What we hadn’t anticipated was Saturday’s front page story in the Times-Picayune. That story really alarmed a lot of people. I saw it as a missed opportunity, but in retrospect, it was free publicity.

There were about 300 people at Grace Episcopal last night, more than we’ve ever had. It was standing room only, and the press was there too.

We knew a lot of people were not just concerned. They were upset. We expected the meeting might devolve into a forum for angry venting.

I have to praise Jennifer Weishaupt, Vice-President and chair of Economic Development for MCNO. She did a great job of providing all the background information. She framed the issue properly. She reviewed all the relevant planning efforts which neighbors and government have engaged in and supported.

One specific citation was particularly to the point:

Development of the warehouse area adjacent to the linear park with mixed use opportunities including multi-family housing, retail facilities, art studios and exhibit space… plazas, seats, landscaping and lighting.

The “linear park” is the Lafitte Corridor which runs right smack dab in the middle of the area where Victory want to build. More about that in a bit.

Jennifer asked for a show of hands — who’s in agreement with the principles that are specified in our neighborhood plan? It was virtually unanimous. Then she outlined the developer’s “Plan B,” the sprawling big box complex described in Saturday’s paper. Another show of hands? And all the hands stayed down.

In other words, Jennifer managed to get people informed and to understand that we’re largely in agreement with one another, and this did a lot to foster civil dialog rather than ranting.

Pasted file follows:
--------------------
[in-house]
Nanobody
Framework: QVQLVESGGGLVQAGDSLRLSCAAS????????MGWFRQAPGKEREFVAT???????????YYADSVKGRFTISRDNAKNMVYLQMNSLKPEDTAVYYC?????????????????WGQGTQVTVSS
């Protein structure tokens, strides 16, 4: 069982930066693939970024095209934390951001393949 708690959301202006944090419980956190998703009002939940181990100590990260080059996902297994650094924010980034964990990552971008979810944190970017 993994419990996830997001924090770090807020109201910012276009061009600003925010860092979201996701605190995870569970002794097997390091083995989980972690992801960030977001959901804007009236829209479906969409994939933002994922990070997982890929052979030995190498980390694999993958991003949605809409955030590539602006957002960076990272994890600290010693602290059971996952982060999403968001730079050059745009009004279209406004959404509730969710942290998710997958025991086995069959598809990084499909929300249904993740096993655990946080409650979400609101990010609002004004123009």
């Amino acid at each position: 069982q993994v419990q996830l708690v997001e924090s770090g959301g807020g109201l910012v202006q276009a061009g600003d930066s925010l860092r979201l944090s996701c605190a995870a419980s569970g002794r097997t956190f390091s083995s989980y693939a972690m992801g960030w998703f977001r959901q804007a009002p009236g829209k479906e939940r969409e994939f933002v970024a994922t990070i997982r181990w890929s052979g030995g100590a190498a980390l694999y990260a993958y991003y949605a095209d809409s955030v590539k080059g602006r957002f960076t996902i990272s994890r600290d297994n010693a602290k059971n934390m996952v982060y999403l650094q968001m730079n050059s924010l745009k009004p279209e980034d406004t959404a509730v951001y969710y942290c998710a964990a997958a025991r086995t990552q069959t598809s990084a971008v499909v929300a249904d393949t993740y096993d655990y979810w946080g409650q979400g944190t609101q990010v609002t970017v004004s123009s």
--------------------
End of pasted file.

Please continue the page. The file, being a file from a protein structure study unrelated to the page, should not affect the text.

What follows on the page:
She also pointed out that Victory had also presented a “Plan A,” a so-called “lifestyle development” which did not get mention in the paper Saturday. It’s my feeling that Plan B was presented to scare neighbors into embracing Plan A. But it seems we’re smarter than that.

I get the feeling that Victory hasn’t done its homework. Though the development was presented in Saturday’s paper as a fait accompli, in point of fact they own little of the land in question at this point. Furthermore, they seem to be completely ignorant of the planning for this area that’s already in place. That’s unfortunate, because these plans have the support of both the local community and the local government. These plans can’t be ignored if you want to be a player.

City Council member Shelley Midura was there to reassure neighbors that she works for the community, not the developers. “I don’t do deals,” she repeated several times.

I also spoke. I prefaced Jennifer’s presentation with some remarks about the Lafitte Corridor. Thought I’d post my notes here.
Continue reading Framing the Issues on Our Terms

Bleak and Bleaker

Two articles grabbed my attention this morning:

Reading these makes me sad and angry. The mainstream media is bleak enough, but these perspectives from the radical press are beyond bleak. I wish I could say that they are exaggerating, that they go too far, that what they are saying about New Orleans is not true. But I’m afraid they’re telling it like it is.

None of this is news to those of us living here. I only pass these links along in hopes that some more people outside New Orleans will read these articles and get a picture of the enormity of our struggle.

I’m desperate for a glimmer of hope: